I hate rollercoasters

 

Writing opens us up; it allows us to be our most basic human self. It makes us light. Writing strips away the armor that molds to my ribcage, restricting me…but no bird ever flew so high that it didn’t have to come down. Writing opens us up to criticism, failure, and as someone who chases the contrived idea of perfection, misunderstanding and negativity weigh me down. My elation quickly turns into a graceless descent: I sink. It seems like everything I’ve accomplished doesn’t matter.

I am not a robot. I am not impervious to insults and bad news and the roller coaster-ing emotions make me dizzy. But if I choose to shut myself off to this negativity, I limit my potential and the beauty that I am known to create. People do not tell me that they like my work because they know it’ll make me happy. They tell me because they feel that they should. This is not completely altruistic, but not totally selfish. I am thankful for those that encourage me. And I should be equally grateful for those that doubt me. They push me on. They help me to be better. This is not an uncommon feeling. I just had to get it out.

Image:  everythingsright.com

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5 thoughts on “I hate rollercoasters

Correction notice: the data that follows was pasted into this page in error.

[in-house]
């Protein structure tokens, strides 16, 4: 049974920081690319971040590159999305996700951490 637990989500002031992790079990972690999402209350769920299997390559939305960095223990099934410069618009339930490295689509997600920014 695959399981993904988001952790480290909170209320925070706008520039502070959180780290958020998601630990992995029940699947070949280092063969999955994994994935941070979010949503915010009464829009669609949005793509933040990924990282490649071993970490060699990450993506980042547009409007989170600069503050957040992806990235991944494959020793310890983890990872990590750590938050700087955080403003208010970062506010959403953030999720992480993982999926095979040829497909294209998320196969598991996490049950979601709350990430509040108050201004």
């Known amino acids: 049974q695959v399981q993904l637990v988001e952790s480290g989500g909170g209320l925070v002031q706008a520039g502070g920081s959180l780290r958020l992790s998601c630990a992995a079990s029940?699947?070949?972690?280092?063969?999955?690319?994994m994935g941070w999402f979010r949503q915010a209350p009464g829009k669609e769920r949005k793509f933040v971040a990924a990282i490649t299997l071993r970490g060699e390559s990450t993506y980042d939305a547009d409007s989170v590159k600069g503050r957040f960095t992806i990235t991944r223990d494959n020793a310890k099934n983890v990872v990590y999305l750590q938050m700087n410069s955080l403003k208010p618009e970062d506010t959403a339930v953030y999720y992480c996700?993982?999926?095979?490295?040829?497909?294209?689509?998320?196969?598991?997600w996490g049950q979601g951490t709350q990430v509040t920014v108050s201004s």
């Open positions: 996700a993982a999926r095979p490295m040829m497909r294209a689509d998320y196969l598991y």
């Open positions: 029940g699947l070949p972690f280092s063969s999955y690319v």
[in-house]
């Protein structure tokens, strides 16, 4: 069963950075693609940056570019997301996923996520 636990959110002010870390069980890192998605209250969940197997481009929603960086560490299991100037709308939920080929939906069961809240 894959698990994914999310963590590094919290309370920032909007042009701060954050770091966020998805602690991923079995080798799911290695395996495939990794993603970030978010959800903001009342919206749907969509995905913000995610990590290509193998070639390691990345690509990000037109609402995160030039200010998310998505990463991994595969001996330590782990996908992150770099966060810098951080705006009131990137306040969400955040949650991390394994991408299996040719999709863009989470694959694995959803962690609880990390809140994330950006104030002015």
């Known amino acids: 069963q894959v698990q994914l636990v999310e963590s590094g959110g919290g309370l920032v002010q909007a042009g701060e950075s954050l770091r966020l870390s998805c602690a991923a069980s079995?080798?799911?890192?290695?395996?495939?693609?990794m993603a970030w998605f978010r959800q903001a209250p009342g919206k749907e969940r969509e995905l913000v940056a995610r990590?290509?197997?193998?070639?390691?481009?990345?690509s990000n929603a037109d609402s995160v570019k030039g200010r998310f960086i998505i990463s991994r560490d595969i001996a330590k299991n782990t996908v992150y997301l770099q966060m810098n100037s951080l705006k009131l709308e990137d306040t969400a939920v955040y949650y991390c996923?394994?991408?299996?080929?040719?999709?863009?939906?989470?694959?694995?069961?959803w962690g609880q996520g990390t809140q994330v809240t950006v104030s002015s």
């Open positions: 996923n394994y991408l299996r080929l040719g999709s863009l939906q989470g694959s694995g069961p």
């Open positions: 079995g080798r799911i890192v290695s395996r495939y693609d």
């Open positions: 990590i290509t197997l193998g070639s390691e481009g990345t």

1. What I have had to learn is that neither praise nor criticism are truth. They are merely opinions. I’m not certain the right way to measure writing, but I suspect it is some inner voice that tells us how closely we’ve come to our vision – how near to the truth of the story we lie.

    I’ve begun to turn off that voice that needs others’ opinons – even the one that needs them to read. I no longer want polite, or simple reciprocity. Rather, I want to find my own voice. I need to learn to write beautifully. Over time, those who can connect to my voice – and I am certain they are there – will find it.

    If I’m lucky, I will be alive to meet them. I hope we all find our voices. Once we do, the chorus will be glorious.

  2. “How I pray is breathe…” wrote Thomas Merton, and I agree, but I’d also add, “How I praise is write.” If our creativity prays, praises, breathes, dances, paints–translates through us however it does–the act of writing/creating is more who we are than the product that results, which reflects only a “moment” of who we have been…I’m trying not to judge myself and therefore others so continuously. This is a hard choice in our culture, where everything has become a competition. (How many programs are there that feature young artists presenting their gifts in competition and inviting audiences to “vote” people out of the community based on comparisons and judgments?) This sends a scary message to even younger artists and those who’ve never allowed their spirits to respond to the artist within… Thank you for this reflection! Much to ponder. Keep on writing; keep on dancing; keep on breathing, being, praying.

  3. It’s nice to meet you @CinemaProfound. This is always an interesting subject, and I liked your take on it. As for me, I always say that writers cannot function without open commentary. If you can’t handle the haters, don’t put your writing out there. Keep it for a journal or a private, invitation only blog.

  4. Thank you for this post. I completely understand these feelings of wanting to write and share but with the risk of rejection and insults. 🙂 Keep on writing though, right?:)

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